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'The Leisure Seeker': Two for the Road

By Michael S. GoldbergeriBerkshires Film Critic
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If you are of a certain age, which I am, then director Paolo Virzi's "The Leisure Seeker" is certain to resonate anywhere from sentimentally positive to depressingly negative, depending of course on how you view the last few chapters of the life experience. It is not an easy subject, especially in these overindulged times when even the closing of a favorite restaurant is reason enough for extended mourning. 
 
Shrouded in mystery, hope, despair and every other word the poets have employed to describe the inevitable, it is, along with love, the ultimate inscrutability.
 
We don't even like to say it: Old Age. There, I did it. Yet the realization that it is nigh, as corroborated by Virzi's heartfelt if not ingeniously edifying exploration, is as important to the survival instinct as any other adaptation we make along life's path. Offering us a vicarious trial run into this great unknown are John and Ella Spencer, a couple who epitomize Dylan Thomas' exhortation that one should "not go gentle into that good night." Without telling their two children what they're up to, they decide to celebrate their geriatric anxiety with a road trip.
 
Etched with bittersweet affection by Donald Sutherland, John is a former English professor stricken with an undefined dementia that has him swinging from completely out of touch to moments of literary eloquence. But his wife, Ella, played with Southern belle charm and country wisdom by Helen Mirren, is nonetheless certain that her knight in shining armor is fully capable of wheeling their antique RV, christened The Leisure Seeker. We're convinced they're deeply dedicated, a thespic triumph that buoys the drama when other elements don't quite ring true.
 
Granted, to take the edge off the implication of any stagecraft dealing with the euphemistically labeled Golden Years, it is common practice to slap a happy face onto the tale. The extreme example would be "Going in Style," both the 1979 and 2017 versions, wherein wily oldsters prove their capacity at le joie de vivre by planning a bank heist. It is farcically optimistic in its anomaly. Whereas "The Leisure Seeker," choosing the philosophical approach to ameliorate the grim, seeks to emulate the jewels of wisdom found in "On Golden Pond" (1981).
 
Still, there is a virtuousness in the attempt to be meaningful, elucidative and helpful, heightened in value by what the screenplay based on the novel by Michael Zadoorian says not only about Father Time, but about enduring love. Unfortunately, with no great epiphany to organically pull us into its mission, the script almost apologetically trots out many of the usual road movie clichés to spirit things along.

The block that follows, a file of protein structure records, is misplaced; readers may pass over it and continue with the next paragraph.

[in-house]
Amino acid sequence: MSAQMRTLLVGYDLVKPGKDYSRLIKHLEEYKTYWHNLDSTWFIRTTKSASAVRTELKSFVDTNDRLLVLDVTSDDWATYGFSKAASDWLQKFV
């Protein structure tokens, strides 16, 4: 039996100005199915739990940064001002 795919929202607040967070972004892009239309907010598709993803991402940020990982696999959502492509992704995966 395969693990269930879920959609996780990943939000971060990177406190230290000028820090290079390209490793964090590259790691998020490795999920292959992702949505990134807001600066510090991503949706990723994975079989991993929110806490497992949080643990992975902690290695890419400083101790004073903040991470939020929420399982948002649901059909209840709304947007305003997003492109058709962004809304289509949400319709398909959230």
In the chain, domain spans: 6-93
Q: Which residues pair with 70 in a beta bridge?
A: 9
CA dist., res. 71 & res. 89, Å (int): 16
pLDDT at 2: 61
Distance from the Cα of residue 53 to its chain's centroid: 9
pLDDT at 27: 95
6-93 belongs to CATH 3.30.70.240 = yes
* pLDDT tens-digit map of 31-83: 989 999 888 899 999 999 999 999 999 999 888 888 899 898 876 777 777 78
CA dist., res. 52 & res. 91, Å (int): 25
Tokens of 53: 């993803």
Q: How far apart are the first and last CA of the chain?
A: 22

There's the confrontation with contemporary highwaymen, a run-in with the cops, a visit to an old beau, and other encounters meant to display Ella and John's pluck. But far more egregious than these default plot evolvers is a serious, surprise divulgence about the lovebirds' relationship ... a mechanism that mistakes causticity for realism. Now, perhaps it's just me wishing to see the couple as unimpeachably good. You do get to like them. Yet suddenly plopped into our midst is a deus ex machina of deceit regarding John, obviously meant to stir some discord and thicken the stew. Admittedly, we don't know what the professor was like with all his faculties ... ahem. However, the fact that nothing revealed about his character thus far would support such an indictment makes the out-of-the-blue allegation seem artificial.
 
On the less weighty side, there are spates of that joyful, reckless abandon generally attributed to older folks less constricted by past proprieties and convention. It's the kind of second childhood nose-thumbing that made Jack Lemmon and Walter Matthau so grouchily irresistible in "Grumpy Old Men" (1993).
 
While mostly the stuff of wishful thinking, it holds that the consolation in the autumn of our years is a brief brush with free will. For those who might remember, the extreme example was Gertrude Hoffman's octogenarian mischief maker/chief confidante, Mrs. Odets, whose cheerily zany nudging made sure that "My Little Margie" (Gale Storm) enjoyed her youth to the fullest.
 
It's a nice conceit. But even director Virzi knows these comic respites for what they are, tacitly acknowledging that anything short of success by Ponce de Leon cannot solve the big conundrum.
 
To use a phrase coined by a dude I knew in the late 1960s, this movie could bum you out. That is, unless you are able to take the philosophical approach. Indeed, there are sweetly emotional nuggets of nostalgia to be gleaned from the bitter chaff if one can extend their suspension of disbelief beyond the film's borders and into their own lives. All of which requires hopping aboard "The Leisure Seeker," driving off into the sunset and never asking for whom its horn honks.
 
"The Leisure Seeker," rated R, is a Sony Pictures Classics release directed by Paolo Virzi and stars Helen Mirren, Donald Sutherland and Christian McKay. Running time: 112 minutes

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